Bert Nakano, an airline worker who fought for the rights of Japanese Americans, died on Sept. 27 from respiratory failure related to Parkinson’s disease. He was 75.
Nakano was 14 and living in Hawaii when Japanese planes attacked Pearl Harbor on Dec. 7, 1941. Shortly after the assault, Nakano’s father and hundreds of other Japanese Americans were arrested and shipped off to an internment camp. The family reunited briefly, then were moved by the federal government to different segregation centers in Northern California and Texas. His pregnant mother gave birth while living at a center, and when she contracted pneumonia, Nakano took care of his infant sister.
After the war, Nakano’s brother was so disgusted by the government’s actions that he renounced his citizenship and moved to Japan. The rest of the family returned to Hawaii, but his mother died within the year. His father couldn’t rebuild his once successful carpentry business and also moved to Japan where he died an alcoholic.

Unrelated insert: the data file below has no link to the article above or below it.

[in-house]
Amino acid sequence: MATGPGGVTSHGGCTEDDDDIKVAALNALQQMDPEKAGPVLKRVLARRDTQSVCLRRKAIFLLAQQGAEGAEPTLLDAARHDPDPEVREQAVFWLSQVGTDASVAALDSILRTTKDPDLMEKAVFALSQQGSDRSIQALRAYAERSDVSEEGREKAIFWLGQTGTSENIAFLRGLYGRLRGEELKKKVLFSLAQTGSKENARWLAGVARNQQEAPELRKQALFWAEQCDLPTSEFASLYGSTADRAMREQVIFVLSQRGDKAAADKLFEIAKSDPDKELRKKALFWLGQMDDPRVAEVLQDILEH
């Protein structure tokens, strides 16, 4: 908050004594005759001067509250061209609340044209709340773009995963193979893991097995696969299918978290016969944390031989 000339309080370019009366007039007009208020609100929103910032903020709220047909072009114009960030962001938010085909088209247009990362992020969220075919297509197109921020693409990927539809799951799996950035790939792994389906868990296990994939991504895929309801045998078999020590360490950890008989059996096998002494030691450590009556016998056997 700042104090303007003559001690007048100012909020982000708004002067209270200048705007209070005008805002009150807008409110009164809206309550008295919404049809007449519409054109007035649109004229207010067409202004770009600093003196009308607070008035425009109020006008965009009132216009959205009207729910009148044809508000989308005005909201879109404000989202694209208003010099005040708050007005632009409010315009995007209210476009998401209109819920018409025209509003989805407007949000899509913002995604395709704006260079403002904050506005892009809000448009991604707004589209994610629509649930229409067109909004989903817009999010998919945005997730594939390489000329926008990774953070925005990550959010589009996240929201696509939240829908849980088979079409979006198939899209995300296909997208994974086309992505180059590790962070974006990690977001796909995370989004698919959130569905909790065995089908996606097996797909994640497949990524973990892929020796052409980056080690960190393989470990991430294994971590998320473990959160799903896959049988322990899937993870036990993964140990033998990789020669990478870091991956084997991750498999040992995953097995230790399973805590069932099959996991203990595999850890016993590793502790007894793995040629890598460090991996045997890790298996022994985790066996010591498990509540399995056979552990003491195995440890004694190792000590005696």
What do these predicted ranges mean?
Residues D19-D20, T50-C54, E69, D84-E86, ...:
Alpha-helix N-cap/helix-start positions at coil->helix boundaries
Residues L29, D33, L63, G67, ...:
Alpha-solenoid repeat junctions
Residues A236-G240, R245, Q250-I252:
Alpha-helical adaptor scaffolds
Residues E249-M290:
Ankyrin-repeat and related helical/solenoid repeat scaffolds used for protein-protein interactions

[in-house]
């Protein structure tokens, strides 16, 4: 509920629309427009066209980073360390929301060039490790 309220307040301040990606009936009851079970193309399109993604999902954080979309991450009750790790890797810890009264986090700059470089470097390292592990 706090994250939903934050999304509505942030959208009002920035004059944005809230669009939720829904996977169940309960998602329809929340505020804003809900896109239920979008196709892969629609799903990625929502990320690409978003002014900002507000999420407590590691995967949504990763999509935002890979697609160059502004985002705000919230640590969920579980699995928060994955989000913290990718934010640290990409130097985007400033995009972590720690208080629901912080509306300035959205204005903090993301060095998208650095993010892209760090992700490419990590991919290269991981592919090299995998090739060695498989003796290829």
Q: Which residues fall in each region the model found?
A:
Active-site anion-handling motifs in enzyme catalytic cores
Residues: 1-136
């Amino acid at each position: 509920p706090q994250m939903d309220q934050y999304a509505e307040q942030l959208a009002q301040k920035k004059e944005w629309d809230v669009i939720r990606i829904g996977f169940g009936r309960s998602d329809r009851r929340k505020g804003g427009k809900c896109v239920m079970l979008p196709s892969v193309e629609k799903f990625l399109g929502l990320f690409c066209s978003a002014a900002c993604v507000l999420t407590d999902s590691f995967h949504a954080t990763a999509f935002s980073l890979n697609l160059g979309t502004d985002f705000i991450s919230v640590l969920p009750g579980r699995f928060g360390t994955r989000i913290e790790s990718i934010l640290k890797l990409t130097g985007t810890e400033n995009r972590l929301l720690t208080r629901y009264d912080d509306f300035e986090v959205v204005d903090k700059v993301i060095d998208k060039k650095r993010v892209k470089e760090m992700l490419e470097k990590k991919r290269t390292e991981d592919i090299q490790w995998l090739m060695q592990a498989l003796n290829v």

Nakano was bitter and angry about what happened to his family. He studied Zen Buddhism in Japan, but eventually returned to America to marry and spend 20 years working for Pan Am airlines. In 1980, Nakano and other activists founded the National Coalition for Redress and Reparations. As the organization’s top spokesman, Nakano demanded that the government pay reparations for the way Japanese Americans were treated during the war.
“To people who would oppose reparations, I’d say, ‘Give me back my three years, my mother’s health, my father’s business, my brother’s ambition to become a doctor and they can keep their money. Can anyone return those things to us?” Nakano once said.
His efforts were rewarded in 1988 when President Reagan signed a bill offering a formal apology and giving $20,000 payments to each of the 65,000 surviving internees.